All those lessons

I did everything I could to foster my kids' interest in music

Ruth-Ann MacKinnon

National Post

The National Post asked eight "seasoned" parents to write about an aspect of parenthood they'd wrestled with or felt strongly about, or something that just seemed to work for them. This is the fifth in our series, which will run weekdays in this section until May 14.

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Passing Grade 8 piano was the high point. The relief, not just from the pressure of the exam itself but from the years of practices and recitals, was thrilling. Of course, it was even better for my daughter, who actually played the piano.

In fact, music education in our family was one long, triumphant crescendo. The question is, who got more out of it -- the kids or me? I'm not just talking about the vicarious pleasure I swelled up with at my children's recitals. My son can make a tune on the flute, my daughter sings and plays piano and guitar. Me? I learned about self-discipline, self-confidence, teamwork, leadership and child psychology. I met people who are tireless, talented, dedicated and fun. I travelled across Canada with choir children and hosted visiting musicians from England and the United States at my home in Toronto. If you believe some people, music made my kids, and by association me, smarter (Web search "the Mozart effect"). All this without hanging out in a cold arena!

Truth be told, I dropped out of piano lessons as a child. And at my school, music was considered a "bird" course, so I took physics instead. I managed to make it into adulthood without ever having consciously heard Handel's Messiah or Fauré's Requiem. For his part, my husband was directed to mouth the words when his school choir sang so his atonal stylings wouldn't throw everybody off key. In other words, our family is by no means zealous about the arts.

But my son and daughter, over the years, were exposed to private music lessons, school band, school choir, church choir, community choir and Sue Hammond's fabulous Classical Kids series of recordings. I learned to understand the fuss about the Kiwanis Music Festival -- a logistical marvel of symphonic proportions. My daughter's name appears on the credits of numerous recordings, including one with the world-renowned Canadian Brass, with whom she also appeared on stage.

No wonder I did everything I could to foster my kids' interest in this amazing world. My part, by comparison, was easy:

- I made a point of taking the family to concerts, hanging out at music stores and, of course, attending recitals. The Jr. Kindergarten rendition of Blue, Stand Up is etched in my heart forever.

- For the first couple of years my daughter studied piano, I faithfully joined her at the keyboard for her daily practices. The pieces she was learning often had lyrics we could sing together, or we would take turns plunking out the scales. Eventually she developed her own motivation, and I was no longer needed.

- On holiday travels, our family made a point of checking out the local music scene. While my son was studying flute, we practically did a world survey of primitive wind instruments, which, it turns out, are available shaped like birds, harpoons and fans as well as the typical tin whistle. My son could toot out the opening bars of Ode to Joy whether we were in Bolivia, Mexico or Paris.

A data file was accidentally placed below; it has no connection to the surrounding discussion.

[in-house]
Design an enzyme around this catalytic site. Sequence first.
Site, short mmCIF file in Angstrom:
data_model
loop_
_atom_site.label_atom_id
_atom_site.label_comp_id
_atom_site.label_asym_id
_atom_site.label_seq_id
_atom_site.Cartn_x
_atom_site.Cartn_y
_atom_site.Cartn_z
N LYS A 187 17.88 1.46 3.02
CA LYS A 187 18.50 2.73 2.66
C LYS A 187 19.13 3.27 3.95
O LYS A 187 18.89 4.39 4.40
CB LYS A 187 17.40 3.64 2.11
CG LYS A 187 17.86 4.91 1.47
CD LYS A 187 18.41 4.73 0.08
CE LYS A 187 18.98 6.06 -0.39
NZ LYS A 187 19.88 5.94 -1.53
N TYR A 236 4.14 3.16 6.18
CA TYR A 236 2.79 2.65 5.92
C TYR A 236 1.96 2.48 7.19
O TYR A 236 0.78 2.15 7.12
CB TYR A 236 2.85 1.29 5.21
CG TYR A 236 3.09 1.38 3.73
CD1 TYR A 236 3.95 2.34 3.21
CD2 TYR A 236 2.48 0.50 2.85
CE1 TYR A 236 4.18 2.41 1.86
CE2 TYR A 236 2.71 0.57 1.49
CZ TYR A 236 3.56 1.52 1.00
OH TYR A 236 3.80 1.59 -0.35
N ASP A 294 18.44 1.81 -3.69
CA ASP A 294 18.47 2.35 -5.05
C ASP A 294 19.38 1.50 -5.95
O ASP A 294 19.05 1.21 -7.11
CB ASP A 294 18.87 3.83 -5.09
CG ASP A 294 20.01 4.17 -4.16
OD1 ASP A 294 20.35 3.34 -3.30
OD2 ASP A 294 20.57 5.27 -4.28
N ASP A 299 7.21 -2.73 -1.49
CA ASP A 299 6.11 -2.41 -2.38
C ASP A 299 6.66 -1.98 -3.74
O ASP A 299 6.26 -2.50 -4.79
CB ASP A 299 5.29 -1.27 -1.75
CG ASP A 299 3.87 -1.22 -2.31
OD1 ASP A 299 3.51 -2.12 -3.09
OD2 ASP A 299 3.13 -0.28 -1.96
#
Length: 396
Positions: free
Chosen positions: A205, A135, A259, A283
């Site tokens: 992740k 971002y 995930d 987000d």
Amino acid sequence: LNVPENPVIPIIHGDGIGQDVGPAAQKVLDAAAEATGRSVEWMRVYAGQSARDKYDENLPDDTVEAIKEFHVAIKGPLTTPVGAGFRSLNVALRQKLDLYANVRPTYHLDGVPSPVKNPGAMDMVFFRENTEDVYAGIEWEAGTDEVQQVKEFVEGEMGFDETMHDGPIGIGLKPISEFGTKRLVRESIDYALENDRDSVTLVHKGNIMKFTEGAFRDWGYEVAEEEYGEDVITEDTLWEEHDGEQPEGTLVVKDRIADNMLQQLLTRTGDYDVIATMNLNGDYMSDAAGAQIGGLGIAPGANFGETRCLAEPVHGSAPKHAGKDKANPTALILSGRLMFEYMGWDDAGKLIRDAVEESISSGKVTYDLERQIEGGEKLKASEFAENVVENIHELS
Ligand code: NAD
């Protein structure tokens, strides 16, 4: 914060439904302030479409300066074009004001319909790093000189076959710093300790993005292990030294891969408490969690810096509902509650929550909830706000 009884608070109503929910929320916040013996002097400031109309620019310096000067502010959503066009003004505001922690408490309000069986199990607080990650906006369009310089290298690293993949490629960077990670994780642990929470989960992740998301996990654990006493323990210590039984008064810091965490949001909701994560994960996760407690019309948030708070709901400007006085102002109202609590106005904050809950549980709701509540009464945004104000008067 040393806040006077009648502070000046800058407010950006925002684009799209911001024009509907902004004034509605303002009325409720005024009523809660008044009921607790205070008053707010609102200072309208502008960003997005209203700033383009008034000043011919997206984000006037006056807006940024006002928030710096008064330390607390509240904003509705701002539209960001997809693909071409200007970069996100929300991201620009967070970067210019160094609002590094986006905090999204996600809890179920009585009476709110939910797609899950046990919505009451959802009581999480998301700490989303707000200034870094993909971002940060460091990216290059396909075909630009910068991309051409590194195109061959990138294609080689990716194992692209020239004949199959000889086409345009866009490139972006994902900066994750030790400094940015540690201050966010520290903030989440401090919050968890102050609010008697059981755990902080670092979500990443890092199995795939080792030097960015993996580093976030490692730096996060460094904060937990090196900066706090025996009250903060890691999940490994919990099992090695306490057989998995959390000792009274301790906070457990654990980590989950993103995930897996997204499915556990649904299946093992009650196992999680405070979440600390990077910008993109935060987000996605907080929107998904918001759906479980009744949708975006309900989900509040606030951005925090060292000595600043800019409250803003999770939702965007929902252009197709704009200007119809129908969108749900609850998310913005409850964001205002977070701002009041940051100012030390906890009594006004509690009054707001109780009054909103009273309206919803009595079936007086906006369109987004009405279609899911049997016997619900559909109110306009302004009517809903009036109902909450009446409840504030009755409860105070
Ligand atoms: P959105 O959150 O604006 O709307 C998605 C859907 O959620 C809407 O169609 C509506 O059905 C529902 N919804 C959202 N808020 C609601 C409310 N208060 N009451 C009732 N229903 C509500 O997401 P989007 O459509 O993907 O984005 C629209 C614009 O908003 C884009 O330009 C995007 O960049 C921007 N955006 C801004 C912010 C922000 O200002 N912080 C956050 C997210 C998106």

- I devoted one of my summer holidays to act as choir chaperone on a tour of Cape Breton, a place I'd always wanted to visit. Between concerts, we went tidal bore rafting; saw the famous miners' choir, the Men of the Deeps; and drove the Cabot Trail. I was in awe of the professionalism of the 27 choristers, who rehearsed rigorously daily and performed sometimes twice a day for the two weeks we were away.

- I joined a choir myself and discovered the unique attraction of being bullied by the drill sergeant of the music world, the choir director.

- Can't forget fundraising. I sold oranges, poinsettias, magazine subscriptions, wrapping paper and chocolate almonds. And I learned never to begrudge matching government grants to children's music organizations. I promise you they deserve it. For every person who receives some of those tax dollars, a dozen volunteers are behind the scenes flogging chocolate almonds, organizing silent auctions, washing cars or grilling hot dogs, typing choir memos, washing shirts, selling concert tickets, serving juice at concert intermissions and filing music.

This habit of being there for one's children, I've since learned, falls into the parenting style known as "high expectation-high support" -- and Walter Gretzky can tell you all about that. It goes hand in hand with the school of positive reinforcement.

My daughter's wonderful piano teacher, Linda, who let me sit in on lessons whenever I wanted, was a master at this. When I was cringing at missed notes and skipped beats, Linda would praise the one chord that had rung true before gently reworking the piece.

Positive reinforcement -- you praise truthfully, not indiscriminately -- is a mainstay of the famous Suzuki school of music, where the story is told of a lesson involving the founder: After a child finished an excruciatingly bad performance, there was a long pause before Dr. Suzuki finally exclaimed enthusiastically, "You played!"

Whatever playing my children are doing is out of earshot for me now, and I use the skills of positive reinforcement and high expectation-high support to train the puppy that has moved into my empty nest. Bach is on the CD player.

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